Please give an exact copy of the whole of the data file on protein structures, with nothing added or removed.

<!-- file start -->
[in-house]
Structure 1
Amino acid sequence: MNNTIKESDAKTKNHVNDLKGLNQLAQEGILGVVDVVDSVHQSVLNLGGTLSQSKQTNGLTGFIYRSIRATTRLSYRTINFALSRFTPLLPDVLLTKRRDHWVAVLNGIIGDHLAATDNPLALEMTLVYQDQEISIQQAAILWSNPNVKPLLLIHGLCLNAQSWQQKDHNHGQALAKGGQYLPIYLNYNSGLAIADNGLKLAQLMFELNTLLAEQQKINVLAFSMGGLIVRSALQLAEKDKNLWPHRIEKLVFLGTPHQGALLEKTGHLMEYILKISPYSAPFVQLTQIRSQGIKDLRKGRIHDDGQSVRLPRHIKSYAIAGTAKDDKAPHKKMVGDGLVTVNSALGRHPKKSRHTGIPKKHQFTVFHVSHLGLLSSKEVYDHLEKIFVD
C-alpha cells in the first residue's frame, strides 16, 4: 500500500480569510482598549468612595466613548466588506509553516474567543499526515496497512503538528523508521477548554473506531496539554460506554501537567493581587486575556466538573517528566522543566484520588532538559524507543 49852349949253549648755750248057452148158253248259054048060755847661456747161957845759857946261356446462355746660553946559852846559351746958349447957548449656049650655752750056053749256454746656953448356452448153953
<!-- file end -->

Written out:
[in-house]
Structure 1
Amino acid sequence: MNNTIKESDAKTKNHVNDLKGLNQLAQEGILGVVDVVDSVHQSVLNLGGTLSQSKQTNGLTGFIYRSIRATTRLSYRTINFALSRFTPLLPDVLLTKRRDHWVAVLNGIIGDHLAATDNPLALEMTLVYQDQEISIQQAAILWSNPNVKPLLLIHGLCLNAQSWQQKDHNHGQALAKGGQYLPIYLNYNSGLAIADNGLKLAQLMFELNTLLAEQQKINVLAFSMGGLIVRSALQLAEKDKNLWPHRIEKLVFLGTPHQGALLEKTGHLMEYILKISPYSAPFVQLTQIRSQGIKDLRKGRIHDDGQSVRLPRHIKSYAIAGTAKDDKAPHKKMVGDGLVTVNSALGRHPKKSRHTGIPKKHQFTVFHVSHLGLLSSKEVYDHLEKIFVD
C-alpha cells in the first residue's frame, strides 16, 4: 500500500480569510482598549468612595466613548466588506509553516474567543499526515496497512503538528523508521477548554473506531496539554460506554501537567493581587486575556466538573517528566522543566484520588532538559524507543 49852349949253549648755750248057452148158253248259054048060755847661456747161957845759857946261356446462355746660553946559852846559351746958349447957548449656049650655752750056053749256454746656953448356452448153953